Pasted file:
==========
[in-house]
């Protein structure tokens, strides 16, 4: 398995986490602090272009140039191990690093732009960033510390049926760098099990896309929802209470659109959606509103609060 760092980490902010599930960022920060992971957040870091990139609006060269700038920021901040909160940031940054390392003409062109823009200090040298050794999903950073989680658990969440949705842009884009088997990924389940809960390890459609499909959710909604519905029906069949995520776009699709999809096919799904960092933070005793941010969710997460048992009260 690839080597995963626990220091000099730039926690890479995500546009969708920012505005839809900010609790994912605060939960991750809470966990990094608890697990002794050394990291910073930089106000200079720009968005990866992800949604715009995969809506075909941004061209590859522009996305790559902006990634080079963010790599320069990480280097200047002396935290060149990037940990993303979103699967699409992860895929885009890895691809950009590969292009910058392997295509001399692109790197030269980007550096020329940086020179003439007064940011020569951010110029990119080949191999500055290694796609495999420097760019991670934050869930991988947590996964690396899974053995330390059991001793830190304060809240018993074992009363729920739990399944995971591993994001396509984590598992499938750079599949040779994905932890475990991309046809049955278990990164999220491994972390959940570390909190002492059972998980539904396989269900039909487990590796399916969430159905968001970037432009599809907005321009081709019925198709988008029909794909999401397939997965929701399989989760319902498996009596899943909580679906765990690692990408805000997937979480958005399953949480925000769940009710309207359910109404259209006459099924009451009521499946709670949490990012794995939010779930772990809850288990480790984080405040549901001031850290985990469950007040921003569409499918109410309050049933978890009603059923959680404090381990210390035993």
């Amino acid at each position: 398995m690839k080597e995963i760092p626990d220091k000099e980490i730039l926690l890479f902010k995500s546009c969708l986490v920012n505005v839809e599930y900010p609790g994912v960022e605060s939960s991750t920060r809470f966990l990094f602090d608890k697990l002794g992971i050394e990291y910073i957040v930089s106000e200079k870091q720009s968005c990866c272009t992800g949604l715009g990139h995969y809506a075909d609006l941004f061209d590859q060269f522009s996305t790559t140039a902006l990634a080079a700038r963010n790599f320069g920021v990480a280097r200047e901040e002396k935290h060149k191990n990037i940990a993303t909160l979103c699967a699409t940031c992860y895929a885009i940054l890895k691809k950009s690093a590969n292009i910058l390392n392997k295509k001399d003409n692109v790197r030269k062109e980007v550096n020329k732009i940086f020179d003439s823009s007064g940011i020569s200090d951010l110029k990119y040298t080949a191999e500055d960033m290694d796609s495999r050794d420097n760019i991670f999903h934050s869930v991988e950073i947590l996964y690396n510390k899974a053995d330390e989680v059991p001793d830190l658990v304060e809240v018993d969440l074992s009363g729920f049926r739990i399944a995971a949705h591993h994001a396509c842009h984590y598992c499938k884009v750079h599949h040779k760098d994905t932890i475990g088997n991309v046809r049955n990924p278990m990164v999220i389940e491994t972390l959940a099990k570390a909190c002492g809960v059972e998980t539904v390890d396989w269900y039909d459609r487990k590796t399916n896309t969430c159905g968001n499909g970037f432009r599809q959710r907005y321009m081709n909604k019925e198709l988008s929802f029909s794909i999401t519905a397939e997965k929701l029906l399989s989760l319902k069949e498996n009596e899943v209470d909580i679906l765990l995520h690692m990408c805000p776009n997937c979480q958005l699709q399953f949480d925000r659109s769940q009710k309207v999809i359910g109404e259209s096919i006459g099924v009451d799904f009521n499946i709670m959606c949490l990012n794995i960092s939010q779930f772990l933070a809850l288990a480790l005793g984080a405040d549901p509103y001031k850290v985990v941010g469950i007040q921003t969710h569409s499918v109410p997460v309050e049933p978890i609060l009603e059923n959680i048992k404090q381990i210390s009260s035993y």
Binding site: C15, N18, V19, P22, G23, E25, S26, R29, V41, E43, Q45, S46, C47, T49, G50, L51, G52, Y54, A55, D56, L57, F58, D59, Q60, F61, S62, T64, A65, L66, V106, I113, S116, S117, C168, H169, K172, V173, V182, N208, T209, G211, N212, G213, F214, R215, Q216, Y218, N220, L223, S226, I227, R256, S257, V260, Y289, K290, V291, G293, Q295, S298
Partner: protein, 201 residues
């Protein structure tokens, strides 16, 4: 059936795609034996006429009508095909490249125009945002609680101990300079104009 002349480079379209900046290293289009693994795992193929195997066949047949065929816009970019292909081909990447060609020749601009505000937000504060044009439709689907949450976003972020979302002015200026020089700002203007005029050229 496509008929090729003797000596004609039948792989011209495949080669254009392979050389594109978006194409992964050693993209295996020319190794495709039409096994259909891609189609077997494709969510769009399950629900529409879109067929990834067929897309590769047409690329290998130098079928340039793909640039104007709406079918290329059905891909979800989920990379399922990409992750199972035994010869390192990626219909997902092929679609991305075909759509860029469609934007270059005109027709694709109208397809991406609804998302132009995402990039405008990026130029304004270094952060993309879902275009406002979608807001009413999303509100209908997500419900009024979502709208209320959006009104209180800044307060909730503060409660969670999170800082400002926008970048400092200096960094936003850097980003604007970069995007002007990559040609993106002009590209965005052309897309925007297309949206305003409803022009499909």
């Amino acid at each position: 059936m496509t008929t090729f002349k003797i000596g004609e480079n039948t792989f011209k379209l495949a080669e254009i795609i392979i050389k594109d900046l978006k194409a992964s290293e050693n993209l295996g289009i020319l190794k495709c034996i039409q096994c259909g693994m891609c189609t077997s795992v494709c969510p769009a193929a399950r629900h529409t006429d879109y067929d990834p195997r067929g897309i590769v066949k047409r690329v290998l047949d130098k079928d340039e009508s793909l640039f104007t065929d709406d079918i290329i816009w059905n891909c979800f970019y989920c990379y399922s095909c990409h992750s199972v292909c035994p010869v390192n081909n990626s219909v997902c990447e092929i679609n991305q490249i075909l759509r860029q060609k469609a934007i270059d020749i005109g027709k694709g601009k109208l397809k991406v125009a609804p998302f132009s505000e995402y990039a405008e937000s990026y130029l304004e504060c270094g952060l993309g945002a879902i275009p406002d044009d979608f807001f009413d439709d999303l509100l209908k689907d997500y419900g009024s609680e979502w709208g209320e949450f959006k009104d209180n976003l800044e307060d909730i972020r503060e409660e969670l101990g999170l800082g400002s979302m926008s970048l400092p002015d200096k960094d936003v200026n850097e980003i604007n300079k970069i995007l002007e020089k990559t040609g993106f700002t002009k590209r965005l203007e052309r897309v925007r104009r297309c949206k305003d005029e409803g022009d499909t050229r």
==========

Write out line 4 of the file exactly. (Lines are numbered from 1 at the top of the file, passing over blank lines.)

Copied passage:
Binding site: C15, N18, V19, P22, G23, E25, S26, R29, V41, E43, Q45, S46, C47, T49, G50, L51, G52, Y54, A55, D56, L57, F58, D59, Q60, F61, S62, T64, A65, L66, V106, I113, S116, S117, C168, H169, K172, V173, V182, N208, T209, G211, N212, G213, F214, R215, Q216, Y218, N220, L223, S226, I227, R256, S257, V260, Y289, K290, V291, G293, Q295, S298